The rent I pay my landlord, for instance, is not voluntarily offered. If it weren't for the country's economic institutions, I would move into the building without paying anyone. The state involuntarily and coercively forecloses that option though, forcing me to choose between paying rent to someone its laws has dubbed the "owner" or being homeless. The constraints imposed by the minimum wage are no different than this: like property law, minimum wage law restricts the "socially available choices from which an individual might 'freely' choose."

A philosophy that says economic institutions should respect voluntarily agreed upon economic arrangements is thus nonsensical on its face. Economic institutions necessarily destroy voluntarism strictly conceived and create a restricted domain of things individuals may chose between. That is their entire function. Minimum wage law prevents employers from striking a deal to pay less than the minimum wage while property law prevents low-income workers from paying themselves a minimum wage out of the pockets of their employers. It's all coercion all the way down.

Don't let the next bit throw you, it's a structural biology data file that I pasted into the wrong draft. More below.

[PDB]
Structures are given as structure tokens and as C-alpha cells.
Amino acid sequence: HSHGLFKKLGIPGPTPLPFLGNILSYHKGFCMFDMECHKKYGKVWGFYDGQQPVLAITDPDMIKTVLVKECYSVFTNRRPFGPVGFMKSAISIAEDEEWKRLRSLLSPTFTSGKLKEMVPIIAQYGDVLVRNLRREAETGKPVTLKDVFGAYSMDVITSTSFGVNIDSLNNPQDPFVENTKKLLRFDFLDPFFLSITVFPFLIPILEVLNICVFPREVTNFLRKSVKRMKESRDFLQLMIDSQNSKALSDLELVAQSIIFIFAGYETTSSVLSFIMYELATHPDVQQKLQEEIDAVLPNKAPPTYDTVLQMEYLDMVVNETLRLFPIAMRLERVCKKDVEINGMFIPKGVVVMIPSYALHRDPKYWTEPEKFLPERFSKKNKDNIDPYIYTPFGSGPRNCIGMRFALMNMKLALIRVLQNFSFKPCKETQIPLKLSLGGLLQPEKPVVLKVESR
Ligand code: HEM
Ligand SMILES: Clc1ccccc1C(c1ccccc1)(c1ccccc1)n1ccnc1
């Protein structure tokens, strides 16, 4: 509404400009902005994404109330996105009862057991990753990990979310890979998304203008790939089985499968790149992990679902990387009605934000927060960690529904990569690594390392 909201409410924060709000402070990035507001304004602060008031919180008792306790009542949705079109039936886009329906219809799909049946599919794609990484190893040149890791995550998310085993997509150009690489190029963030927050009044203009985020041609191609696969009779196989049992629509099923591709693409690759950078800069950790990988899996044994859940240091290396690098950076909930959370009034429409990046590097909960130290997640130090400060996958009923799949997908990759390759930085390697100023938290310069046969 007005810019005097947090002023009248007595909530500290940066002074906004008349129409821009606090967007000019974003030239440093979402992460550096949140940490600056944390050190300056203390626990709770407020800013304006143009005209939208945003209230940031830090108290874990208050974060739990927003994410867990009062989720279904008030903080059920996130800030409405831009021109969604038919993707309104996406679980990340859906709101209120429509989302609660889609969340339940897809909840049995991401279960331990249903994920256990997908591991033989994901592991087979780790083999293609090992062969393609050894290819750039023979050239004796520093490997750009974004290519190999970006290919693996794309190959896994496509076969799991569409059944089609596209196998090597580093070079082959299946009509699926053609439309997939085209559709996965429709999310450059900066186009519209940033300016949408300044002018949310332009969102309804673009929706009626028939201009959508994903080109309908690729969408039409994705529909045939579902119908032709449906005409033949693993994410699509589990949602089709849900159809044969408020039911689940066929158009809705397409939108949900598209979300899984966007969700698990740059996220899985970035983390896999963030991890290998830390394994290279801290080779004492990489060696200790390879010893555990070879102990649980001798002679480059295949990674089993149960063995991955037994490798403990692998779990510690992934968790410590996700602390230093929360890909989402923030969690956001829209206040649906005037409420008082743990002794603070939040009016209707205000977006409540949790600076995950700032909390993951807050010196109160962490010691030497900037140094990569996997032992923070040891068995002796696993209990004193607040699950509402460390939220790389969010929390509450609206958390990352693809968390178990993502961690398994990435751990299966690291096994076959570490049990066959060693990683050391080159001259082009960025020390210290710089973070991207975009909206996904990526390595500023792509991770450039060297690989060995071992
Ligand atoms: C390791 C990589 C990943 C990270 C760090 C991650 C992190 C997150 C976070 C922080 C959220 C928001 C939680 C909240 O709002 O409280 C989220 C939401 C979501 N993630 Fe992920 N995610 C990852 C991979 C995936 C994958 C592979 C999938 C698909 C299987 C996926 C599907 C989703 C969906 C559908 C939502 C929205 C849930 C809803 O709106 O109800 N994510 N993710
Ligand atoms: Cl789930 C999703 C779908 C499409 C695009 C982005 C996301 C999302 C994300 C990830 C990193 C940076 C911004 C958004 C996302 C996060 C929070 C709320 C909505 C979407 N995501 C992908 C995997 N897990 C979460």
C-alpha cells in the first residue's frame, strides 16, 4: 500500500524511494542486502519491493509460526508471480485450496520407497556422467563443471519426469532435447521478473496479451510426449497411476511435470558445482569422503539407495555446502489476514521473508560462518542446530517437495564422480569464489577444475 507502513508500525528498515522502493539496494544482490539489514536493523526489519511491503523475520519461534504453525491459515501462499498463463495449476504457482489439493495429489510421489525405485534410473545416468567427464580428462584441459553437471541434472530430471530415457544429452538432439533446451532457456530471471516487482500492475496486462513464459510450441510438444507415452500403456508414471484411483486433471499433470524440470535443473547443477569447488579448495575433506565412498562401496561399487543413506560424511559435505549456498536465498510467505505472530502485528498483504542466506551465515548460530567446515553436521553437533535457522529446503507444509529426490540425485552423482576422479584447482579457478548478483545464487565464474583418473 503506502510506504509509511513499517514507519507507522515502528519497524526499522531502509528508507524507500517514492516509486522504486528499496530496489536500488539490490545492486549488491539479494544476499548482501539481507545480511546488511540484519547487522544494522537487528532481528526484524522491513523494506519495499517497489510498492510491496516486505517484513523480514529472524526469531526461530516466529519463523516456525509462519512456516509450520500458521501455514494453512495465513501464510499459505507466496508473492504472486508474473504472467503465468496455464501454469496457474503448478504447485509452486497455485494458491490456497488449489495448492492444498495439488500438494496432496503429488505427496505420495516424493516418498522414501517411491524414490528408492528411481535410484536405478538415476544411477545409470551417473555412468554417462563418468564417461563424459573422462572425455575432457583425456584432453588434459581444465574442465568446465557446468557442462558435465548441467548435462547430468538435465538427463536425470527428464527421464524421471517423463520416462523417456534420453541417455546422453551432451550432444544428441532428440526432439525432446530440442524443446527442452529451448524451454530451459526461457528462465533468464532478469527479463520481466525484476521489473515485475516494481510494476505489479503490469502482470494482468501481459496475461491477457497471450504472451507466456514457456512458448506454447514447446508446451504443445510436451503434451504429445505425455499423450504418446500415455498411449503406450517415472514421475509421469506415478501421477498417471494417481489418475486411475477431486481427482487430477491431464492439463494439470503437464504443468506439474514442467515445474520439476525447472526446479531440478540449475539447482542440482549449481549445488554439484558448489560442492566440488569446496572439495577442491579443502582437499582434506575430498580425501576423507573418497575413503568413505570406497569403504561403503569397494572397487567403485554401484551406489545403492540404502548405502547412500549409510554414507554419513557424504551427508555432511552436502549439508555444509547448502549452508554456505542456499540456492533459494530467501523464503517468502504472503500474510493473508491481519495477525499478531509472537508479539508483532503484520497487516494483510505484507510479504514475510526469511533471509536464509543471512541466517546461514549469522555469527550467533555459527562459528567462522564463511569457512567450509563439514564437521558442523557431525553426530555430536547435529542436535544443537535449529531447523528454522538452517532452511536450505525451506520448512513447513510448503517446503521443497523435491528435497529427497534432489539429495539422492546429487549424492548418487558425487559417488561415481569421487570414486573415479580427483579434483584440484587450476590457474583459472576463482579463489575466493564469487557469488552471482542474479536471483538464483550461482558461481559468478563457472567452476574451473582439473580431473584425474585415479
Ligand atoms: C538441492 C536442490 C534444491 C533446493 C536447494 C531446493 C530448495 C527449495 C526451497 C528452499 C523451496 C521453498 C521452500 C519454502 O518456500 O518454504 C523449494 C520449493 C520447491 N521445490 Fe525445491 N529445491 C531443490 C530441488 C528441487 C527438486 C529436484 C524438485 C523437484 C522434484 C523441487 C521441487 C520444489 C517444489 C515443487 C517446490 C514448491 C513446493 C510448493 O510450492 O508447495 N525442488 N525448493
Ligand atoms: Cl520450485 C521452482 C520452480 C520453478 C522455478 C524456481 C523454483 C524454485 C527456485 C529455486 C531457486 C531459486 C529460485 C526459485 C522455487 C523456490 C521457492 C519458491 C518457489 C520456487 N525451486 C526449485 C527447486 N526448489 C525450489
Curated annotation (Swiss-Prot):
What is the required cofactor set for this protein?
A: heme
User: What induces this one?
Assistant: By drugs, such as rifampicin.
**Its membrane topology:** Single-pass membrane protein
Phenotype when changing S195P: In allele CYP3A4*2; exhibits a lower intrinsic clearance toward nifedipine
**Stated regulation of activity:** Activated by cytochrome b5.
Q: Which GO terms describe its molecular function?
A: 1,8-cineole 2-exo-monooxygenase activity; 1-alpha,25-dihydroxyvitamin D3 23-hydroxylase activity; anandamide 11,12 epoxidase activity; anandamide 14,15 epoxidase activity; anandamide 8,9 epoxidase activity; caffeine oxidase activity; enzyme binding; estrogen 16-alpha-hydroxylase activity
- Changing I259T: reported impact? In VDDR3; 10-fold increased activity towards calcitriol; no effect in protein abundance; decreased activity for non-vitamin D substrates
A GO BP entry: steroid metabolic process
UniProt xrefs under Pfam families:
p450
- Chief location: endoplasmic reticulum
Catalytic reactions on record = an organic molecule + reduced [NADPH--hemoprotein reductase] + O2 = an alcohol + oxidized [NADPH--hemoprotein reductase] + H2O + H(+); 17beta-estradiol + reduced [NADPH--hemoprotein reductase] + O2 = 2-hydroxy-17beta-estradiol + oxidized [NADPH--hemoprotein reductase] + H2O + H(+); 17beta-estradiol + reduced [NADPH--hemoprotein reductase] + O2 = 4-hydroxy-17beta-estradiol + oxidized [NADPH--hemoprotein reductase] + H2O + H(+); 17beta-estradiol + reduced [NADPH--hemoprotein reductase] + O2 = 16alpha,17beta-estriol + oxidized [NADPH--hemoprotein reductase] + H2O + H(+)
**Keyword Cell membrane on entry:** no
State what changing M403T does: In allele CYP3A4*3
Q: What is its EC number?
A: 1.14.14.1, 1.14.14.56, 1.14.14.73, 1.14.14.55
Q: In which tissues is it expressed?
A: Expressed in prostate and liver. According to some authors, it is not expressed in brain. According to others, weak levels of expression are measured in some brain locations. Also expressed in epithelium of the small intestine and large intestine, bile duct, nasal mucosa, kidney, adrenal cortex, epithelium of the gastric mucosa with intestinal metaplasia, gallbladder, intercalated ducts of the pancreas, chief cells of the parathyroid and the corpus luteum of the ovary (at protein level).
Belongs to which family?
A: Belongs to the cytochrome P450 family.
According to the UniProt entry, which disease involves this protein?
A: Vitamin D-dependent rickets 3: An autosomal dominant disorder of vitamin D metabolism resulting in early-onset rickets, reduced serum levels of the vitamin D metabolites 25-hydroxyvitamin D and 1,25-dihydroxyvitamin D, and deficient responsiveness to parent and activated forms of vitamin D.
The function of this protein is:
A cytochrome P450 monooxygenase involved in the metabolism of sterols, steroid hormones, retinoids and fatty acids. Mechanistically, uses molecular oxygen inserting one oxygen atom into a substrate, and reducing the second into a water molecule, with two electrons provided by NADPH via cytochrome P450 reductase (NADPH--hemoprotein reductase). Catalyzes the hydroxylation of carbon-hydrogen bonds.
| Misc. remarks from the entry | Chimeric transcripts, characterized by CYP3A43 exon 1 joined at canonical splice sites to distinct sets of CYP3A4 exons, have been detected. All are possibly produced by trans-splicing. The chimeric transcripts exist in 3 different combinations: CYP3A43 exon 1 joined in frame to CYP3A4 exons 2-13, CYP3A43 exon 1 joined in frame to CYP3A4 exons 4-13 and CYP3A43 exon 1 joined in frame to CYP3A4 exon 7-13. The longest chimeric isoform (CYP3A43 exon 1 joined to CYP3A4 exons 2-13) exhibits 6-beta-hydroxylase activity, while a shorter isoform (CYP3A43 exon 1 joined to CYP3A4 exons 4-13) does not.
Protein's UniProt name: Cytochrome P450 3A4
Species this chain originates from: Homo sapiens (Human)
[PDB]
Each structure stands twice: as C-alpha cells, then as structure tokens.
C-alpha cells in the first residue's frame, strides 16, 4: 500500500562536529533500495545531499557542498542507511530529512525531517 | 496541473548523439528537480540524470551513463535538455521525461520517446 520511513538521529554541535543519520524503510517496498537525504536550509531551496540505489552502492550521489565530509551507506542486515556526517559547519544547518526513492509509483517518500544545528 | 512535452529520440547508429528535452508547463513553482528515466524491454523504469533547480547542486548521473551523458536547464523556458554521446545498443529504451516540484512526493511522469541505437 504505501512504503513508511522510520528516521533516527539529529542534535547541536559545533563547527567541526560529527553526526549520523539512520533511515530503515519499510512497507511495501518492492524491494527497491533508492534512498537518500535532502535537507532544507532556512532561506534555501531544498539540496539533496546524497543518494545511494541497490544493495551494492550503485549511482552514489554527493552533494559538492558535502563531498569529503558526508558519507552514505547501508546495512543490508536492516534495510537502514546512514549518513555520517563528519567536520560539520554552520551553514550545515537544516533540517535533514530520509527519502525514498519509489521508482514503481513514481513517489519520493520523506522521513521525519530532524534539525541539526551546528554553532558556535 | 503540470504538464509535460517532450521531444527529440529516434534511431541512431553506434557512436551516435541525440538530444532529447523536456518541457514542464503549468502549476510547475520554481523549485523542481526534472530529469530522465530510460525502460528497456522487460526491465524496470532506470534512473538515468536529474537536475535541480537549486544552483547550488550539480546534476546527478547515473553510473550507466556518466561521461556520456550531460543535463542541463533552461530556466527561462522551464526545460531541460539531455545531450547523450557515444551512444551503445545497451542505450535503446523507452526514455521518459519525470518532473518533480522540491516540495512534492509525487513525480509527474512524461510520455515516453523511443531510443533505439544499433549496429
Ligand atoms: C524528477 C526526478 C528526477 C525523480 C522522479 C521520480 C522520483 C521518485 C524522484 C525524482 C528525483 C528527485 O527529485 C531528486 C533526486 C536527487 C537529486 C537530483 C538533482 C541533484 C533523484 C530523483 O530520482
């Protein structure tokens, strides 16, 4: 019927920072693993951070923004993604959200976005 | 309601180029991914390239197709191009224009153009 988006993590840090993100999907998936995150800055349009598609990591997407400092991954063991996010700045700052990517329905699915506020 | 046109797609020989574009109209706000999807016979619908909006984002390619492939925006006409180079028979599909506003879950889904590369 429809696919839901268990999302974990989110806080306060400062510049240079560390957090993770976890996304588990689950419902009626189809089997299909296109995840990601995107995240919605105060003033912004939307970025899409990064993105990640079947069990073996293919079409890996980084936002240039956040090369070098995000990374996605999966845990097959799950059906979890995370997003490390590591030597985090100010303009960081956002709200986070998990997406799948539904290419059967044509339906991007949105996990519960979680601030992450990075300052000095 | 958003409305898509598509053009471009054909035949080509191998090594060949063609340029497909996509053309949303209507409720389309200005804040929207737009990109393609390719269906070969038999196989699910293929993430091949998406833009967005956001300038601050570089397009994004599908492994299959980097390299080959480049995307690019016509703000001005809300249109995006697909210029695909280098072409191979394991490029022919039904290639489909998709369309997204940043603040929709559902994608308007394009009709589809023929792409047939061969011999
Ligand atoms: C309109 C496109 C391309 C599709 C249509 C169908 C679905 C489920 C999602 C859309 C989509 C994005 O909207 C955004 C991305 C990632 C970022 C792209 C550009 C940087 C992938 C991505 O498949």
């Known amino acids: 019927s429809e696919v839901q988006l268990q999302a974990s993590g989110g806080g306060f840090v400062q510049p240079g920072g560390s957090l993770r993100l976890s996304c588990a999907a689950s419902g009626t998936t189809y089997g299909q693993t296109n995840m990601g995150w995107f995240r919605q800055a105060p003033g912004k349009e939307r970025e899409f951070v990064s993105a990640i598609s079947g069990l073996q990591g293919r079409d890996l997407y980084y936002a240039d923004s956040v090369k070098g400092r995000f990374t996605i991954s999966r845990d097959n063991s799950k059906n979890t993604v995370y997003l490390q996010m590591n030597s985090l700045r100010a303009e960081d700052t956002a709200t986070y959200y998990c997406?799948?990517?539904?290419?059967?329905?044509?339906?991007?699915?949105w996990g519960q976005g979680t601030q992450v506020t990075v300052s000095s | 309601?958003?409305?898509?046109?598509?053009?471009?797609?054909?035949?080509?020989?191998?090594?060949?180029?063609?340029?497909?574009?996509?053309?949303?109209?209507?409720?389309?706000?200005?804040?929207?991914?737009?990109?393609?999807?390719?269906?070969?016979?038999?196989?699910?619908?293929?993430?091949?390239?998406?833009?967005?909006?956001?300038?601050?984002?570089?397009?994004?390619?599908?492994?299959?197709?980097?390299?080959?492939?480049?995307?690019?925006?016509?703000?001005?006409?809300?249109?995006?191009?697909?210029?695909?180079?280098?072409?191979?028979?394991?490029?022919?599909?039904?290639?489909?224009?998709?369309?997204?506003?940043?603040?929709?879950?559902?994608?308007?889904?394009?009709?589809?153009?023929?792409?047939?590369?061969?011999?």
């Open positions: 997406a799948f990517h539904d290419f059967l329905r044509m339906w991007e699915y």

Do No Harm Baselines

At times in his treatment, it appears that Mankiw is doing something else beyond extolling voluntarism. So I would like to briefly cover that as well.

When asking yourself whether something violates the principle of "do no harm" (using it here to mean something other than simply "promote voluntarism"), the question is always harm relative to what. This is what is called The Baseline Problem, and it plagues 99% of all punditry on economic justice.